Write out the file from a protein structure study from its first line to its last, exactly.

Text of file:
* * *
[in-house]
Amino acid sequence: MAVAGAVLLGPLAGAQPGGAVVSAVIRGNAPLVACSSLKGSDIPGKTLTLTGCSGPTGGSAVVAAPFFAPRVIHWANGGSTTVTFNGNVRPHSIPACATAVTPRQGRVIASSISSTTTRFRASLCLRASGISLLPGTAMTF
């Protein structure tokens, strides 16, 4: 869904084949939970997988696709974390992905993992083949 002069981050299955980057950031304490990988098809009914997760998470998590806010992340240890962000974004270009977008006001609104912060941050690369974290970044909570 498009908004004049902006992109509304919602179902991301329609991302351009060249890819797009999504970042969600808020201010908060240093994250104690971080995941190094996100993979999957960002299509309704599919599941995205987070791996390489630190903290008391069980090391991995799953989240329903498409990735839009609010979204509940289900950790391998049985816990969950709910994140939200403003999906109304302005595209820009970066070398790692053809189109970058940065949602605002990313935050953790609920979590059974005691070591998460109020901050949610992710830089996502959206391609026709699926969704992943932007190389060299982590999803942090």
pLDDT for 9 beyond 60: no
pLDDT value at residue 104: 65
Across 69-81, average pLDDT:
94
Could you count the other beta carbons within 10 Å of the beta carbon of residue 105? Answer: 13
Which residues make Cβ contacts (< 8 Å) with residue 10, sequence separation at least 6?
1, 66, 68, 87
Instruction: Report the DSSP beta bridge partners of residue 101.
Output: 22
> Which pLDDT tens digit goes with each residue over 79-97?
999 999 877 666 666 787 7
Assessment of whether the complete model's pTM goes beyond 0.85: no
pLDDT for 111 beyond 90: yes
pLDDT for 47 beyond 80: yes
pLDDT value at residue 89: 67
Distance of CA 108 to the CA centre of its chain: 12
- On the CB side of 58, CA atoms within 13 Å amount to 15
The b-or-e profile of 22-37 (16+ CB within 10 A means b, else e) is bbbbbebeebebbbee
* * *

[in-house]
Amino acid sequence: MAVAGAVLLGPLAGAQPGGAVVSAVIRGNAPLVACSSLKGSDIPGKTLTLTGCSGPTGGSAVVAAPFFAPRVIHWANGGSTTVTFNGNVRPHSIPACATAVTPRQGRVIASSISSTTTRFRASLCLRASGISLLPGTAMTF
């Protein structure tokens, strides 16, 4: 869904084949939970997988696709974390992905993992083949 002069981050299955980057950031304490990988098809009914997760998470998590806010992340240890962000974004270009977008006001609104912060941050690369974290970044909570 498009908004004049902006992109509304919602179902991301329609991302351009060249890819797009999504970042969600808020201010908060240093994250104690971080995941190094996100993979999957960002299509309704599919599941995205987070791996390489630190903290008391069980090391991995799953989240329903498409990735839009609010979204509940289900950790391998049985816990969950709910994140939200403003999906109304302005595209820009970066070398790692053809189109970058940065949602605002990313935050953790609920979590059974005691070591998460109020901050949610992710830089996502959206391609026709699926969704992943932007190389060299982590999803942090």
pLDDT for 9 beyond 60: no
pLDDT value at residue 104: 65
Across 69-81, average pLDDT:
94
Could you count the other beta carbons within 10 Å of the beta carbon of residue 105? Answer: 13
Which residues make Cβ contacts (< 8 Å) with residue 10, sequence separation at least 6?
1, 66, 68, 87
Instruction: Report the DSSP beta bridge partners of residue 101.
Output: 22
> Which pLDDT tens digit goes with each residue over 79-97?
999 999 877 666 666 787 7
Assessment of whether the complete model's pTM goes beyond 0.85: no
pLDDT for 111 beyond 90: yes
pLDDT for 47 beyond 80: yes
pLDDT value at residue 89: 67
Distance of CA 108 to the CA centre of its chain: 12
- On the CB side of 58, CA atoms within 13 Å amount to 15
The b-or-e profile of 22-37 (16+ CB within 10 A means b, else e) is bbbbbebeebebbbee